Via LLRX – Pete Recommends Weekly highlights on cyber security issues, February 12, 2022 – Privacy and cybersecurity issues impact every aspect of our lives – home, work, travel, education, health and medical records – to name but a few. On a weekly basis Pete Weiss highlights articles and information that focus on the increasingly… Continue Reading

State of US Public Libraries – More popular and digital than ever

WordsRated: “This is a comprehensive analysis on the current state of public libraries in the US and the mapping of trends from 1992-2019. This report analyzes more than 12.5 million data points, from all 50 states, and the nearly 17,500 libraries across the country… Libraries are more popular than ever thanks to the strong shift… Continue Reading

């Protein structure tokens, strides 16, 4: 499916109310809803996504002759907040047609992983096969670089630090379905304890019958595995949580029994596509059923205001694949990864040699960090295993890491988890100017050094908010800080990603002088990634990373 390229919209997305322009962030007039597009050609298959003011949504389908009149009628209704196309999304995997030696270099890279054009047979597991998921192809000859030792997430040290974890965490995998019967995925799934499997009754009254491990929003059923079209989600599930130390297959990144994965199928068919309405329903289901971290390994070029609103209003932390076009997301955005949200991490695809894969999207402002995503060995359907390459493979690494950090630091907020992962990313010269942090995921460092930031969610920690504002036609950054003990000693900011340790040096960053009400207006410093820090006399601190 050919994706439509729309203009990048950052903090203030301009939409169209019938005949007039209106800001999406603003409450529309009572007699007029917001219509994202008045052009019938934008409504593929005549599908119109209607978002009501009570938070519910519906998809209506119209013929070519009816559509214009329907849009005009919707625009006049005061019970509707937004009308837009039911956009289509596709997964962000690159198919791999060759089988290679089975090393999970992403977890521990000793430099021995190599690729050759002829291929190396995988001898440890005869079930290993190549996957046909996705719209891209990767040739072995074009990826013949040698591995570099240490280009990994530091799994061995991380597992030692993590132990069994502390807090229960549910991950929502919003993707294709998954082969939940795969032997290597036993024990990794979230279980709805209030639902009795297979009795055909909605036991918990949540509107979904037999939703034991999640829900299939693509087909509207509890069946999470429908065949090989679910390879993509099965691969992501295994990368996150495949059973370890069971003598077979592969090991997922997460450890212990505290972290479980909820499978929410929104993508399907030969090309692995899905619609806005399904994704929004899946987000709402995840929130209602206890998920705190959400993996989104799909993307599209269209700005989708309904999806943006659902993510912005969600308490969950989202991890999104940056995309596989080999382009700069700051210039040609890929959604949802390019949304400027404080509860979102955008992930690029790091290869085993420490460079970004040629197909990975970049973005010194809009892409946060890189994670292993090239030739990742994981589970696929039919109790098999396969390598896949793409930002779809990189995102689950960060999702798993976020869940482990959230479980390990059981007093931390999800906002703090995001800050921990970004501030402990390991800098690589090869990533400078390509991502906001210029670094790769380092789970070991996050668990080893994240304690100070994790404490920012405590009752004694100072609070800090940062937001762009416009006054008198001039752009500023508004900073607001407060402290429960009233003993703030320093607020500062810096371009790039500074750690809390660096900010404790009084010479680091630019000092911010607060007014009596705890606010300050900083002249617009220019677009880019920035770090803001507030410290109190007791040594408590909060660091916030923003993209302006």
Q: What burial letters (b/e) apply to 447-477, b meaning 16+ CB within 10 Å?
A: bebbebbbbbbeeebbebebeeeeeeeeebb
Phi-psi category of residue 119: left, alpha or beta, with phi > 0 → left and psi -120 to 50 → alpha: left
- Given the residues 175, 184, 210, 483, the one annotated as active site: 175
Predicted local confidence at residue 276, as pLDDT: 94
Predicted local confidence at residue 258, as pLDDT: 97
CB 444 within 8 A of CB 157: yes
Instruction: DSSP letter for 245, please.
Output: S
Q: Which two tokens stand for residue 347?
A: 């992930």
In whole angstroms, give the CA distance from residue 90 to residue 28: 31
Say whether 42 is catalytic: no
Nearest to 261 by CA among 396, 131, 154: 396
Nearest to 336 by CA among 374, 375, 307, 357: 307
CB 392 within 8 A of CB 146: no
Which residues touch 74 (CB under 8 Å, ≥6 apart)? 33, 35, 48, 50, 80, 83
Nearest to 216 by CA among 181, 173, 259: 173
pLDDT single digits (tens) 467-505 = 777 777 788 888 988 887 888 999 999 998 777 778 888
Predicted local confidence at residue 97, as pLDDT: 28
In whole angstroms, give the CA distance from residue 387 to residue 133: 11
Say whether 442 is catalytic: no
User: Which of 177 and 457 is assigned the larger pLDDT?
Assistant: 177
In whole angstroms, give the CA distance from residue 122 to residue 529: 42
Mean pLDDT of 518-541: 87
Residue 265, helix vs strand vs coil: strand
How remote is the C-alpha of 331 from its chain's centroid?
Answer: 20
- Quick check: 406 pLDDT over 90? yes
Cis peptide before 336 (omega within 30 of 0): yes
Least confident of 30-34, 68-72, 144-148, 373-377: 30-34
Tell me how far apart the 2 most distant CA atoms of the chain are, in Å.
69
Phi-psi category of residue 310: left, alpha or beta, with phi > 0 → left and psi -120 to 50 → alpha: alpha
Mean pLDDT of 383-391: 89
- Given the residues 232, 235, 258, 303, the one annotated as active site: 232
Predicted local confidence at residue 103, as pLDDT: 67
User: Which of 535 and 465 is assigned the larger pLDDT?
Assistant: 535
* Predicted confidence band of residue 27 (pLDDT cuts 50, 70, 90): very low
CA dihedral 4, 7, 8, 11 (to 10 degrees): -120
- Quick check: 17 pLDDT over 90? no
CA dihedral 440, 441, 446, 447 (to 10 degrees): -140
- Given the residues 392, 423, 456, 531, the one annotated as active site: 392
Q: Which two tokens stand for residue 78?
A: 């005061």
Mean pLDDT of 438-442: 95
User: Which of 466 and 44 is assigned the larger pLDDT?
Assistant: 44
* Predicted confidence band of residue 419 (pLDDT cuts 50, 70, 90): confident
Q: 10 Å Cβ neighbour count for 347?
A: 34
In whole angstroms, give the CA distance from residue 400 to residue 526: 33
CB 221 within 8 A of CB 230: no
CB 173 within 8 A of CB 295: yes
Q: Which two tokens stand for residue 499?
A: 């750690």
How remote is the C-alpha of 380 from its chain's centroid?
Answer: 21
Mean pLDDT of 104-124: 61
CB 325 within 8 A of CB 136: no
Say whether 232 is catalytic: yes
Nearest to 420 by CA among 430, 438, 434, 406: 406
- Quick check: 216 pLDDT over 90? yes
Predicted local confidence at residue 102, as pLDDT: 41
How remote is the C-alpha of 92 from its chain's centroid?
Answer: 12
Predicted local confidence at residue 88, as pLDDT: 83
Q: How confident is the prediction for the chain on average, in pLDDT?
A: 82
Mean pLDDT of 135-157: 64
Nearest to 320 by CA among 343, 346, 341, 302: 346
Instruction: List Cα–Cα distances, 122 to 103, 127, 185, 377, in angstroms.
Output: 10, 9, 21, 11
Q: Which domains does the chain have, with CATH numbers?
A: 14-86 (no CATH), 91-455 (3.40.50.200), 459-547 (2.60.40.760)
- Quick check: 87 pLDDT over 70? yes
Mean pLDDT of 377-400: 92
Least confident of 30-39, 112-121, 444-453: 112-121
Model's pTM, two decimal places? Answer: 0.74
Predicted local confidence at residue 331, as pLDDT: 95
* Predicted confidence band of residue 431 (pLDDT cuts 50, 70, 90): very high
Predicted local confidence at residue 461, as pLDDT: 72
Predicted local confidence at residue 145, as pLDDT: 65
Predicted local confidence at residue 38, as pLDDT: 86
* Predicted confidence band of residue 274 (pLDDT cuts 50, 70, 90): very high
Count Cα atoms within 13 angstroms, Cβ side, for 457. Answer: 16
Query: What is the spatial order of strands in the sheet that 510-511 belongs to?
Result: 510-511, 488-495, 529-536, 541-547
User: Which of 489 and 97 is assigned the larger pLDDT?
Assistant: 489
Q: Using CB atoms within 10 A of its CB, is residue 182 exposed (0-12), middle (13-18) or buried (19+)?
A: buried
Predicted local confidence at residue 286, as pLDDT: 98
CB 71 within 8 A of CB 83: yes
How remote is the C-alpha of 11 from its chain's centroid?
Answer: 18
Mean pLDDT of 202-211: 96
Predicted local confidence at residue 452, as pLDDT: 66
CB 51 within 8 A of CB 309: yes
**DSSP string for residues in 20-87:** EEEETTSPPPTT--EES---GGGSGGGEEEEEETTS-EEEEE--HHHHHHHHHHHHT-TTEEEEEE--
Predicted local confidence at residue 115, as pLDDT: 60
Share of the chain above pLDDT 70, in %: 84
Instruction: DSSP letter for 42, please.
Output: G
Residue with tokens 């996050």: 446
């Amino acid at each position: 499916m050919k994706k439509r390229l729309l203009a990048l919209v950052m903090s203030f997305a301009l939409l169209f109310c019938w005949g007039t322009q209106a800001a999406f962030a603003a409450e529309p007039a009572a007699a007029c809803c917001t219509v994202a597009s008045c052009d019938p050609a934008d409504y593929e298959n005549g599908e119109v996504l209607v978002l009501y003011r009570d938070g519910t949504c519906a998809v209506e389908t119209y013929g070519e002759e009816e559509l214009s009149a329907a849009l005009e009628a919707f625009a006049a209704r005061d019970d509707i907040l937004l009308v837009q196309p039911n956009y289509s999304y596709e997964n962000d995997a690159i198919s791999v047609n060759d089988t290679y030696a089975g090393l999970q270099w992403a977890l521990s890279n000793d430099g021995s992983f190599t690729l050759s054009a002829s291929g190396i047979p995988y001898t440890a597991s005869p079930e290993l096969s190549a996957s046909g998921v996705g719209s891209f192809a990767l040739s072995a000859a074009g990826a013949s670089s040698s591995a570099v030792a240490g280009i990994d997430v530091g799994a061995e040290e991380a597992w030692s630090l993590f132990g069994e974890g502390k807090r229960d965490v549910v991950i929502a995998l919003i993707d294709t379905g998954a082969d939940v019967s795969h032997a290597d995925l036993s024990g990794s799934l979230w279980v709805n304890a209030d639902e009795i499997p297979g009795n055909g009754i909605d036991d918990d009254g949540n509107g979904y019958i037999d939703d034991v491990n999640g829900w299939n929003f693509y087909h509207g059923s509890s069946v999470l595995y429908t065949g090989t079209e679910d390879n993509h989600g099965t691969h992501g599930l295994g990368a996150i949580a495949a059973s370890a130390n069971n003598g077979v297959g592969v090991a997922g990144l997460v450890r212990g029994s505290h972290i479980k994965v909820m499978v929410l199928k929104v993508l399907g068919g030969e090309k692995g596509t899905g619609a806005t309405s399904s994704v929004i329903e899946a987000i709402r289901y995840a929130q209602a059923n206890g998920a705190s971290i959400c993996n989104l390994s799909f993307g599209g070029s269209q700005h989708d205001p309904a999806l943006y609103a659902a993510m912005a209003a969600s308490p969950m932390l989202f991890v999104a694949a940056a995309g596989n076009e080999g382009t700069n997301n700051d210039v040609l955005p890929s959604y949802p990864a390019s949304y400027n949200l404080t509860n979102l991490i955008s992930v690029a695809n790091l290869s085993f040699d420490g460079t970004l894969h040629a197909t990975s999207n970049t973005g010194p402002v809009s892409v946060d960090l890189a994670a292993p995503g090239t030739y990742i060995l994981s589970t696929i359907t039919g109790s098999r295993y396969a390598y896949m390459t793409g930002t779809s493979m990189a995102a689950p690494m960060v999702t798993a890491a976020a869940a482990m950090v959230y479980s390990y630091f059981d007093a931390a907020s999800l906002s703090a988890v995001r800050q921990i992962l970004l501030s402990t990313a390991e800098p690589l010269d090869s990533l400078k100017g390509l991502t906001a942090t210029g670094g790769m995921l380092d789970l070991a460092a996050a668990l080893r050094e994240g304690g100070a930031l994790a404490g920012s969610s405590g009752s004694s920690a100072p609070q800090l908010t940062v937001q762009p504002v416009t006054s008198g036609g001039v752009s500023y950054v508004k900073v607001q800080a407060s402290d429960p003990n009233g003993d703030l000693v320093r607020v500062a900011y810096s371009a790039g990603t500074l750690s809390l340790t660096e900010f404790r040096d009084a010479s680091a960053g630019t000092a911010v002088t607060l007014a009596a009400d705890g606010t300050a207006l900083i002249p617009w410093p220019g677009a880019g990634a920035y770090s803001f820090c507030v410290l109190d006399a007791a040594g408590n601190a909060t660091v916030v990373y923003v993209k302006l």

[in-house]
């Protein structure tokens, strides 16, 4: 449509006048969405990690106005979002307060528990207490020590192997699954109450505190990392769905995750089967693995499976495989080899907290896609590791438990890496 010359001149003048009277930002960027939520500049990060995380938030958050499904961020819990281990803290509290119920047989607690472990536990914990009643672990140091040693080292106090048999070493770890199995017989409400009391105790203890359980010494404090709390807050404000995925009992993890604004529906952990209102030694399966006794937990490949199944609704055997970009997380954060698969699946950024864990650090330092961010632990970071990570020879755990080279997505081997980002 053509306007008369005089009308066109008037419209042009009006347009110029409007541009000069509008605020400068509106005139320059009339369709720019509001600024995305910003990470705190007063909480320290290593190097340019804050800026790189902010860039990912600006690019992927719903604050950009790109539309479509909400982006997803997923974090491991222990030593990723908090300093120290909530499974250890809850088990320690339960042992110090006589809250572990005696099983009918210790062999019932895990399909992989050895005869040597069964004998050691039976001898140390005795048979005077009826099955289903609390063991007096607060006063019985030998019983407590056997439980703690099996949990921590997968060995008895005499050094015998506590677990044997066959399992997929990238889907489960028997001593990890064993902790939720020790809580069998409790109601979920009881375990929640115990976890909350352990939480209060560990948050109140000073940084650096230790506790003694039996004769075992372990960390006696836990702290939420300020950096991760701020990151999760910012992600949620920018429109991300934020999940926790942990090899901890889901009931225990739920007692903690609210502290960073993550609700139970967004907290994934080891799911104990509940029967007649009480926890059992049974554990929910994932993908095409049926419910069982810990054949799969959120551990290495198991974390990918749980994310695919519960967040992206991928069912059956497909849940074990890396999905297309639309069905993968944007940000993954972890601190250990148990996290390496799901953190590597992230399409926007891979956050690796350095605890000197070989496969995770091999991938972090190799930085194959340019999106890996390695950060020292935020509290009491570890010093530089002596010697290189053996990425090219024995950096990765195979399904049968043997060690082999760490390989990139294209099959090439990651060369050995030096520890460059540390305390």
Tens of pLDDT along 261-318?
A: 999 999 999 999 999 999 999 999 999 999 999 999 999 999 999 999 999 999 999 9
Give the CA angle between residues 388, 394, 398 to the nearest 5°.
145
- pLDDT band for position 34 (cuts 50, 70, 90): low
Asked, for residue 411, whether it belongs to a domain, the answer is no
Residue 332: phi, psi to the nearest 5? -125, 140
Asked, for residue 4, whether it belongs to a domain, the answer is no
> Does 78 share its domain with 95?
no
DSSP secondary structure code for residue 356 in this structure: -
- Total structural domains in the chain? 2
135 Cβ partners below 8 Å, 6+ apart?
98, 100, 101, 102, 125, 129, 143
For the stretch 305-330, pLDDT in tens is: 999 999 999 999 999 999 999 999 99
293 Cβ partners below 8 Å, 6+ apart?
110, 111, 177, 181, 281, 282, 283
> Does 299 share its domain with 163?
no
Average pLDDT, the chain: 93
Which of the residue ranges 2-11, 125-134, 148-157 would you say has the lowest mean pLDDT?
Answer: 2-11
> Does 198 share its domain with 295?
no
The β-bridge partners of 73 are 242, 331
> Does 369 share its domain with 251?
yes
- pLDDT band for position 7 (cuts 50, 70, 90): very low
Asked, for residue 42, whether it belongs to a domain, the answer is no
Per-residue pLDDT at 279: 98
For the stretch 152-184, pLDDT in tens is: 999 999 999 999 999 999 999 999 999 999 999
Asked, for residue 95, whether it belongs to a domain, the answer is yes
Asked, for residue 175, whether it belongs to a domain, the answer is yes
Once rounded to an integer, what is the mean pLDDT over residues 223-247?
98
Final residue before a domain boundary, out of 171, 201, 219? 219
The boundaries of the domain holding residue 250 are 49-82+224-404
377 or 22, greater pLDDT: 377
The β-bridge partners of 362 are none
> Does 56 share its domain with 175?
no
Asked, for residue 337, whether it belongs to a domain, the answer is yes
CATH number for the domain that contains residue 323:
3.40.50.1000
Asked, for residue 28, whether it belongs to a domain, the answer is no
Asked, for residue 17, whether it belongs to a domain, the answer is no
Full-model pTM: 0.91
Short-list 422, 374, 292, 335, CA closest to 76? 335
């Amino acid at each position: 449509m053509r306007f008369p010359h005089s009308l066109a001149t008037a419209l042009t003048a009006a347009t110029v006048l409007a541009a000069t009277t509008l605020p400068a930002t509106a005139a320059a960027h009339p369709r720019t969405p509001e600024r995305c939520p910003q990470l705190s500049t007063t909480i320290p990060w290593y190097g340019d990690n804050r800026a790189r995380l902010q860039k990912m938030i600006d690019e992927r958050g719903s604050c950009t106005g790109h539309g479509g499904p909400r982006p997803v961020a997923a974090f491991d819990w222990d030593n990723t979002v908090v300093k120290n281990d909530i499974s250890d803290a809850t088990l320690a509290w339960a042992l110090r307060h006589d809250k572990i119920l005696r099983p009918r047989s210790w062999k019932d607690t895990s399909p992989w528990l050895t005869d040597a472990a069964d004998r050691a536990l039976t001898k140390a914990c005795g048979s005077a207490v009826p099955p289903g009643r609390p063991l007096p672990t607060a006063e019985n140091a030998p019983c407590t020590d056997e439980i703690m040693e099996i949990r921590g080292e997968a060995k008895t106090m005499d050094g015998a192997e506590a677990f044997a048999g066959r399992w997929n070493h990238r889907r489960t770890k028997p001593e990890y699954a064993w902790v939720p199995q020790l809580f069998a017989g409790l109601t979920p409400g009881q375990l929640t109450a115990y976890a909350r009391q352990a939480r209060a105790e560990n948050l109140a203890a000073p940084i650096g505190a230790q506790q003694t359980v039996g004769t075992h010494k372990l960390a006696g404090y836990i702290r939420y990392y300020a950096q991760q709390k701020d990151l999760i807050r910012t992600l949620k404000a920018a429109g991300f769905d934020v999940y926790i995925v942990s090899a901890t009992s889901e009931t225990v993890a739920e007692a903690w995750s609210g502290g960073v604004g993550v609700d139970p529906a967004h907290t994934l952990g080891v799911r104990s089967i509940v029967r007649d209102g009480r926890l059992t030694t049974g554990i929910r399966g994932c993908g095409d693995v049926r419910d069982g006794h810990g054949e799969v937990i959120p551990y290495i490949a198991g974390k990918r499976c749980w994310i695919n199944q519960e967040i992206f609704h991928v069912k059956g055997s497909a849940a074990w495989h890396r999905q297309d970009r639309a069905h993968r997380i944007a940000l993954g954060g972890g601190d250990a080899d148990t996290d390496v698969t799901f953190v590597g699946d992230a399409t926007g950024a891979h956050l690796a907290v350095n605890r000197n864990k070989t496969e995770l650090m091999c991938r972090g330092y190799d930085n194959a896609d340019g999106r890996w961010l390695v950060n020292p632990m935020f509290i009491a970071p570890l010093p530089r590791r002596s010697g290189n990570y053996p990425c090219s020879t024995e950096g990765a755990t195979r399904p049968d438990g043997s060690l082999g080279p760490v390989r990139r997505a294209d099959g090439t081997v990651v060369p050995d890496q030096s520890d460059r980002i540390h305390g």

European Publishers Council files EU Complaint against Google for Anti-Competitive Ad Tech practices

“The European Publishers Council has today filed an antitrust complaint against Google with the European Commission in a bid to break the ad tech stranglehold Google currently has over press publishers, and all other businesses in the ad tech ecosystem. Specifically, the EPC calls on the European Commission to hold Google accountable for its anticompetitive… Continue Reading